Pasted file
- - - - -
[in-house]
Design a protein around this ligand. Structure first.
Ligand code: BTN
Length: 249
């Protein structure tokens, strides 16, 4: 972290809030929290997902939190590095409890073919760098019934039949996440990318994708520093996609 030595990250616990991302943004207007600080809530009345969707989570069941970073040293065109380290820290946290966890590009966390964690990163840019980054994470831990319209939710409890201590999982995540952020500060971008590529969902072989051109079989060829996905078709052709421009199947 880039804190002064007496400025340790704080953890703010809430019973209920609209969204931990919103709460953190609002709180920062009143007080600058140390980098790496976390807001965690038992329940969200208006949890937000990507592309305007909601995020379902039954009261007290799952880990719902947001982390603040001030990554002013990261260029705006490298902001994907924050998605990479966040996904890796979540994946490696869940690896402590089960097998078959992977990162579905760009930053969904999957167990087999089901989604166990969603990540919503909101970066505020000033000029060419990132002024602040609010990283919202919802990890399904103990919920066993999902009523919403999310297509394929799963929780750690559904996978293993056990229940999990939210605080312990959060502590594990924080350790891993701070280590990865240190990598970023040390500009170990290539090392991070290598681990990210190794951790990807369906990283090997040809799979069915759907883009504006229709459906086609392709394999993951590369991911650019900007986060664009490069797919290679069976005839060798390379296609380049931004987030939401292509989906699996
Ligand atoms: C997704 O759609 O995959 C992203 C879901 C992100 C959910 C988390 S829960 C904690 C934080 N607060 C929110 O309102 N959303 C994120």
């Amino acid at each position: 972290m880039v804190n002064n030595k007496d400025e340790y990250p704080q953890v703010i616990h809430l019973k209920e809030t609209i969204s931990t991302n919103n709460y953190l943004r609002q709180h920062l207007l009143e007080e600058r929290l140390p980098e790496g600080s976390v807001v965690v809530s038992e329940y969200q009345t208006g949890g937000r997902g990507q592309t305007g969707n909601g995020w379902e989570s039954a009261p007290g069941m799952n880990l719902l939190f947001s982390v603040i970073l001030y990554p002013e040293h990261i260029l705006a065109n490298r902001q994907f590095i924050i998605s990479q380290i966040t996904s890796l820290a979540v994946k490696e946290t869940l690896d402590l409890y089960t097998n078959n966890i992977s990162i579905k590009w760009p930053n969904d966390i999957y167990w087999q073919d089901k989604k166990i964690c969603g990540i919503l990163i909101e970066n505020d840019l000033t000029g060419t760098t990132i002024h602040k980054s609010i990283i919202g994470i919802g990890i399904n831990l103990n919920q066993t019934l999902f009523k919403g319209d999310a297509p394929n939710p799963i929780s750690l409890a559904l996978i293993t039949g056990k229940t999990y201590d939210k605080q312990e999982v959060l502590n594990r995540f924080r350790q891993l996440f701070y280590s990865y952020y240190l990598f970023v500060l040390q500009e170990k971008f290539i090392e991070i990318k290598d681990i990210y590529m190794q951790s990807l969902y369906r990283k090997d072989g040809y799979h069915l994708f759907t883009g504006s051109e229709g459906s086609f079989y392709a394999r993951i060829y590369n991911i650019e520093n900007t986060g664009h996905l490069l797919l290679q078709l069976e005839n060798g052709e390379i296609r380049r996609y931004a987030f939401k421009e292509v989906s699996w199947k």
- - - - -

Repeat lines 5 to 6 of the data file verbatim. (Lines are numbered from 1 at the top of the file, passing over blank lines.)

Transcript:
């Protein structure tokens, strides 16, 4: 972290809030929290997902939190590095409890073919760098019934039949996440990318994708520093996609 030595990250616990991302943004207007600080809530009345969707989570069941970073040293065109380290820290946290966890590009966390964690990163840019980054994470831990319209939710409890201590999982995540952020500060971008590529969902072989051109079989060829996905078709052709421009199947 880039804190002064007496400025340790704080953890703010809430019973209920609209969204931990919103709460953190609002709180920062009143007080600058140390980098790496976390807001965690038992329940969200208006949890937000990507592309305007909601995020379902039954009261007290799952880990719902947001982390603040001030990554002013990261260029705006490298902001994907924050998605990479966040996904890796979540994946490696869940690896402590089960097998078959992977990162579905760009930053969904999957167990087999089901989604166990969603990540919503909101970066505020000033000029060419990132002024602040609010990283919202919802990890399904103990919920066993999902009523919403999310297509394929799963929780750690559904996978293993056990229940999990939210605080312990959060502590594990924080350790891993701070280590990865240190990598970023040390500009170990290539090392991070290598681990990210190794951790990807369906990283090997040809799979069915759907883009504006229709459906086609392709394999993951590369991911650019900007986060664009490069797919290679069976005839060798390379296609380049931004987030939401292509989906699996
Ligand atoms: C997704 O759609 O995959 C992203 C879901 C992100 C959910 C988390 S829960 C904690 C934080 N607060 C929110 O309102 N959303 C994120």